Although understandable that the customer has final say in what VAR, MSP and vendor it deals with in the end, Squires later told Channel Insider that it was more complicated than that.
"Anyone who won’t give you a clear answer or says the customer owns the customer wants to make you go away and not talk about it, because it’s not that simple," Squires said.
Not all vendor (or distributor, such as Synnex’s latest CloudSolv line) cloud services are alarming, as many of them are available to channel partners as private label services and the billing is done by the partner. From that perspective, the customer likely has no idea who the actual provider of the cloud service is. In some cases, such as Microsoft’s Office 365, the vendor insists on putting its own name on what the customer sees and won’t give up billing to the partner. Microsoft calls the reseller of its cloud services the "reseller of record," but according to Squires, who sat in a discussion with Microsoft about Office 365, the reseller of record can be changed by the customer, enabling the vendor to either go direct or make it incredibly simple switch to another reseller.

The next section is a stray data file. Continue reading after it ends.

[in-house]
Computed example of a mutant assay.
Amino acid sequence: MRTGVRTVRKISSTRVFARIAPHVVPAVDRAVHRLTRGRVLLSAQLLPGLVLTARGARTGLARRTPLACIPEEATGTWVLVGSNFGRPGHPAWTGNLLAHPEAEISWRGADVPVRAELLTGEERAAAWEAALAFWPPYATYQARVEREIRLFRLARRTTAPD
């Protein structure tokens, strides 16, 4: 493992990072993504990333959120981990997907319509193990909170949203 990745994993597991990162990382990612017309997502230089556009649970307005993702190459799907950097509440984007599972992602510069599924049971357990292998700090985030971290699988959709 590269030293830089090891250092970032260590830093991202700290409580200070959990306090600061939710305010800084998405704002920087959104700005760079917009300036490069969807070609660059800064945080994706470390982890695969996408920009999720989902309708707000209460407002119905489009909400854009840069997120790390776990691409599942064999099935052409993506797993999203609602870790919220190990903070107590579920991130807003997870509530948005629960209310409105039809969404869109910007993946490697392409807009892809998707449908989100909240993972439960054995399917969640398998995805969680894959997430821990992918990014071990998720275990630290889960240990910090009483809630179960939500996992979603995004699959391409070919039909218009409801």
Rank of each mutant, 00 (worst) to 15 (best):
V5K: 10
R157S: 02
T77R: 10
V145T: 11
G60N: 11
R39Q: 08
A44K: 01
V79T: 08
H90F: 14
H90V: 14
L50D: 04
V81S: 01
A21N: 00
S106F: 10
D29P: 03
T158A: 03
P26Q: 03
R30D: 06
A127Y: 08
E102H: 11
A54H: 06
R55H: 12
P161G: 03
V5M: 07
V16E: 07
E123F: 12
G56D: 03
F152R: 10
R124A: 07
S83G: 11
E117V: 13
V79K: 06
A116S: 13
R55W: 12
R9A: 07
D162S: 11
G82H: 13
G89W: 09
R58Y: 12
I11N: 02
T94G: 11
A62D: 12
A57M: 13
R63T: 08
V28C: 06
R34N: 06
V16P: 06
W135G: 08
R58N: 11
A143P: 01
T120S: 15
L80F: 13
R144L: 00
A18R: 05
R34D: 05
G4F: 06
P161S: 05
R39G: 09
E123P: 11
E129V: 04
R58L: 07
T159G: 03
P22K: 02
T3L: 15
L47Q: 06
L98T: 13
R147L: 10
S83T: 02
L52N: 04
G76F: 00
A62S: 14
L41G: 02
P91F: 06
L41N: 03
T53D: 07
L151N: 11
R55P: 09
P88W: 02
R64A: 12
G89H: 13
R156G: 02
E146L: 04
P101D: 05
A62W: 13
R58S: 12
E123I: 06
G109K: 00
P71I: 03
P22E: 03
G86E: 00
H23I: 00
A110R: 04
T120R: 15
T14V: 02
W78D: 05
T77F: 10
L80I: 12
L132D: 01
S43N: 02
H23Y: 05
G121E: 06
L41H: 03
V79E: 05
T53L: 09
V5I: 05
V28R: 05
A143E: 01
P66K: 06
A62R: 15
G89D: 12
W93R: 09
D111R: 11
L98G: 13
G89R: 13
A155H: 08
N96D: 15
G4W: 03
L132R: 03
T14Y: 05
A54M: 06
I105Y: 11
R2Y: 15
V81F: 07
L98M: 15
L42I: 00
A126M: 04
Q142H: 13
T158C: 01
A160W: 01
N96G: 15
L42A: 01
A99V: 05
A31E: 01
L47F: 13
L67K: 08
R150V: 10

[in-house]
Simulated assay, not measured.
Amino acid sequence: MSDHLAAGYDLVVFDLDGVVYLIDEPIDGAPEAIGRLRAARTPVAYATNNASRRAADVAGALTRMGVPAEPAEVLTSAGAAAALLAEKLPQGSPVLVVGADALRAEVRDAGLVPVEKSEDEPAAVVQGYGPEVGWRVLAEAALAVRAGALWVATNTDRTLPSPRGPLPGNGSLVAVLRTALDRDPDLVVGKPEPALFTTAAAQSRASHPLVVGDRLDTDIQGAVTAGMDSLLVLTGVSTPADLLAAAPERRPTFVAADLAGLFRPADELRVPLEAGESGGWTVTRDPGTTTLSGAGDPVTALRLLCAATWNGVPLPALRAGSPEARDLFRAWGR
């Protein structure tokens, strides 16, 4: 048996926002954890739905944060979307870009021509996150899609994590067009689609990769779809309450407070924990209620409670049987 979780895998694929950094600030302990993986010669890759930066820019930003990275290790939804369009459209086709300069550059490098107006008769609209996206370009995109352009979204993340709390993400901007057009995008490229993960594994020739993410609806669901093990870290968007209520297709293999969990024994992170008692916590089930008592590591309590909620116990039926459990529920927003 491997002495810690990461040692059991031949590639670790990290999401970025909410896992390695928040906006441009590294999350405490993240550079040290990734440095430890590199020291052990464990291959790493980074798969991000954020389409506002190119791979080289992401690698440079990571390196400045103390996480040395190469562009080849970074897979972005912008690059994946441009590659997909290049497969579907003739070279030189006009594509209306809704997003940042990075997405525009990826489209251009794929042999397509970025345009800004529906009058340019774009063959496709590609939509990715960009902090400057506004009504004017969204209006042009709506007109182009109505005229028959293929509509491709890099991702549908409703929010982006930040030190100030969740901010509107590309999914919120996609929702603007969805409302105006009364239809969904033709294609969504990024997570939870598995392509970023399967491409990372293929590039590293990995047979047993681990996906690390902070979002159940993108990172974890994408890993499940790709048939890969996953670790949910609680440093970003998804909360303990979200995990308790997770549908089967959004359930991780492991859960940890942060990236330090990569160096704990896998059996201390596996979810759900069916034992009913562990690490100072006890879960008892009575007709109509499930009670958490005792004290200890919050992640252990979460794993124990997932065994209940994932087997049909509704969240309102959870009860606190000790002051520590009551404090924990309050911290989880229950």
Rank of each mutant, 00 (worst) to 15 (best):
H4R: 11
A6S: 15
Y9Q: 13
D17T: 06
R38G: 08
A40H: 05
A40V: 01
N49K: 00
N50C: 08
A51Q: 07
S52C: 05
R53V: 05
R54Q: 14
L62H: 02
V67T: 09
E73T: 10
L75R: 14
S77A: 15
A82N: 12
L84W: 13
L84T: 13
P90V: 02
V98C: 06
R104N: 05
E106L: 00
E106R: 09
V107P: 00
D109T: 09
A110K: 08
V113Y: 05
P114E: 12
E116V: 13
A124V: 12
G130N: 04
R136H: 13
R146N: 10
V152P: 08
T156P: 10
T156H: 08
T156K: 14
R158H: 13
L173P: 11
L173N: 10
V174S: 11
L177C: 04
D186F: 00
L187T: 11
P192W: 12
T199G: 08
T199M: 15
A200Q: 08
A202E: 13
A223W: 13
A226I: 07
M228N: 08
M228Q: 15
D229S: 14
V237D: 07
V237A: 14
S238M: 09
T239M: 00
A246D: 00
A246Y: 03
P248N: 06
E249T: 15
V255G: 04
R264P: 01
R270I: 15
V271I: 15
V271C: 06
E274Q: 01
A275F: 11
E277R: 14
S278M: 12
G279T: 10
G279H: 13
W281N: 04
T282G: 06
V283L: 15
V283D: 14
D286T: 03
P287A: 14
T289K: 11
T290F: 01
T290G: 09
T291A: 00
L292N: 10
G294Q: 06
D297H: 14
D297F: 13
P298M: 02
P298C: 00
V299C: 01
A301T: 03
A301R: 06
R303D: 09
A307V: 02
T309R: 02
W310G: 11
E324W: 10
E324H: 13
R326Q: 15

"In the hosted world, all the Microsoft stuff, I register it, I bring the customer to them, Microsoft refuses to bill me and bills my customer directly," Squires said. As long as the reseller’s name remains on the account, then they’ll continue to get the ongoing revenue from the service, but Squires said all it takes is for the customer to call Microsoft and change the name of the "reseller of record" to find all the up-front sales work and the closing of the deal suddenly have no revenue attached to it.
It’s a matter of creating conflicts between vendors and channel partners, or between channel partners themselves. Either way, it creates the possibility for customer poaching, leaving the costs for the original sale to one and letting someone else reap the benefits.
"They’re enabling and facilitating that change. In no way would I hold a customer hostage ... but it’s the difference between being amenable and helpful to the customer and being stupid and doing the work for the next guy to get the money," Squires said.
Not every VAR and MSP is as concerned about customer poaching, though. According to Sean Kline, president and CEO of Turbotek Computer, an MSP that offers its own cloud services as well as those by vendors (although its primary business is in hosting its own cloud services for customers), he’s heard concerns about cloud service customer ownership from other VARs and MSPs, but he doesn’t share them. He agreed with Bova’s "nobody owns the customer" mentality.